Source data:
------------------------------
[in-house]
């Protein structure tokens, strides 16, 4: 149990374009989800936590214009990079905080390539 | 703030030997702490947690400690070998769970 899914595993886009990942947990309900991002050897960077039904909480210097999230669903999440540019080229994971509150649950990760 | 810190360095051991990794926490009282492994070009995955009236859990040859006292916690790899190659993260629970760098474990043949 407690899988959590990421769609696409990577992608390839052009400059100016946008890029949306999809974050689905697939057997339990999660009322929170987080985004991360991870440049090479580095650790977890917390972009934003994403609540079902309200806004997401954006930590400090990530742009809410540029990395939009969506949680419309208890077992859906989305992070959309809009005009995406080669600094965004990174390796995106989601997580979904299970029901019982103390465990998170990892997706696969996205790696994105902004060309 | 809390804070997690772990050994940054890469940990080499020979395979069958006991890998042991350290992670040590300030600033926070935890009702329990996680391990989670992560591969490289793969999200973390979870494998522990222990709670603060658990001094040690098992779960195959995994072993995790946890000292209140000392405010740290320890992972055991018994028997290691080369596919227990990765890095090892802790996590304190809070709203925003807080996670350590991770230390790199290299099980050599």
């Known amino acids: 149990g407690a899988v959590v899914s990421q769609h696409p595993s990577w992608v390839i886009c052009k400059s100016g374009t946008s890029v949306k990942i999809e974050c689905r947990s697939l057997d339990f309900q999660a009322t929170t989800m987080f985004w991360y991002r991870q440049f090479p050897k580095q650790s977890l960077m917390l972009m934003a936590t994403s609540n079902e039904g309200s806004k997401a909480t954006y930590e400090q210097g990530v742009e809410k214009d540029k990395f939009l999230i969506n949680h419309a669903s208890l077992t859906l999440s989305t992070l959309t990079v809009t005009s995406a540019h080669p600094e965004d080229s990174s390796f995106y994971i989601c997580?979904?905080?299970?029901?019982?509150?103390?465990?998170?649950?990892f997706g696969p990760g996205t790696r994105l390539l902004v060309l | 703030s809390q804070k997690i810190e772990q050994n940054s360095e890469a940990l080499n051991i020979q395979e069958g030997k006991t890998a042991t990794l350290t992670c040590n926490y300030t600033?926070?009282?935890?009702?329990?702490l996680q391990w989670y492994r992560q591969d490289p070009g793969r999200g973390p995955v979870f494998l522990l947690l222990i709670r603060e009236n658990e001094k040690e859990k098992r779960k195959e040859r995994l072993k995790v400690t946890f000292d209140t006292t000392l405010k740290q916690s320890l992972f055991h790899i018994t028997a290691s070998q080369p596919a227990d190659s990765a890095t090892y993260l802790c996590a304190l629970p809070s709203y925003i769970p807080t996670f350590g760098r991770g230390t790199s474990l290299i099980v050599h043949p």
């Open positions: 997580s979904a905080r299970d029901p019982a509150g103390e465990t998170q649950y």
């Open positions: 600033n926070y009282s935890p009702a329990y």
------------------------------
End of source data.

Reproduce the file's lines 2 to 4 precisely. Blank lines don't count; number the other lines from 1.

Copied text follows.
């Protein structure tokens, strides 16, 4: 149990374009989800936590214009990079905080390539 | 703030030997702490947690400690070998769970 899914595993886009990942947990309900991002050897960077039904909480210097999230669903999440540019080229994971509150649950990760 | 810190360095051991990794926490009282492994070009995955009236859990040859006292916690790899190659993260629970760098474990043949 407690899988959590990421769609696409990577992608390839052009400059100016946008890029949306999809974050689905697939057997339990999660009322929170987080985004991360991870440049090479580095650790977890917390972009934003994403609540079902309200806004997401954006930590400090990530742009809410540029990395939009969506949680419309208890077992859906989305992070959309809009005009995406080669600094965004990174390796995106989601997580979904299970029901019982103390465990998170990892997706696969996205790696994105902004060309 | 809390804070997690772990050994940054890469940990080499020979395979069958006991890998042991350290992670040590300030600033926070935890009702329990996680391990989670992560591969490289793969999200973390979870494998522990222990709670603060658990001094040690098992779960195959995994072993995790946890000292209140000392405010740290320890992972055991018994028997290691080369596919227990990765890095090892802790996590304190809070709203925003807080996670350590991770230390790199290299099980050599």
């Known amino acids: 149990g407690a899988v959590v899914s990421q769609h696409p595993s990577w992608v390839i886009c052009k400059s100016g374009t946008s890029v949306k990942i999809e974050c689905r947990s697939l057997d339990f309900q999660a009322t929170t989800m987080f985004w991360y991002r991870q440049f090479p050897k580095q650790s977890l960077m917390l972009m934003a936590t994403s609540n079902e039904g309200s806004k997401a909480t954006y930590e400090q210097g990530v742009e809410k214009d540029k990395f939009l999230i969506n949680h419309a669903s208890l077992t859906l999440s989305t992070l959309t990079v809009t005009s995406a540019h080669p600094e965004d080229s990174s390796f995106y994971i989601c997580?979904?905080?299970?029901?019982?509150?103390?465990?998170?649950?990892f997706g696969p990760g996205t790696r994105l390539l902004v060309l | 703030s809390q804070k997690i810190e772990q050994n940054s360095e890469a940990l080499n051991i020979q395979e069958g030997k006991t890998a042991t990794l350290t992670c040590n926490y300030t600033?926070?009282?935890?009702?329990?702490l996680q391990w989670y492994r992560q591969d490289p070009g793969r999200g973390p995955v979870f494998l522990l947690l222990i709670r603060e009236n658990e001094k040690e859990k098992r779960k195959e040859r995994l072993k995790v400690t946890f000292d209140t006292t000392l405010k740290q916690s320890l992972f055991h790899i018994t028997a290691s070998q080369p596919a227990d190659s990765a890095t090892y993260l802790c996590a304190l629970p809070s709203y925003i769970p807080t996670f350590g760098r991770g230390t790199s474990l290299i099980v050599h043949p």
């Open positions: 997580s979904a905080r299970d029901p019982a509150g103390e465990t998170q649950y």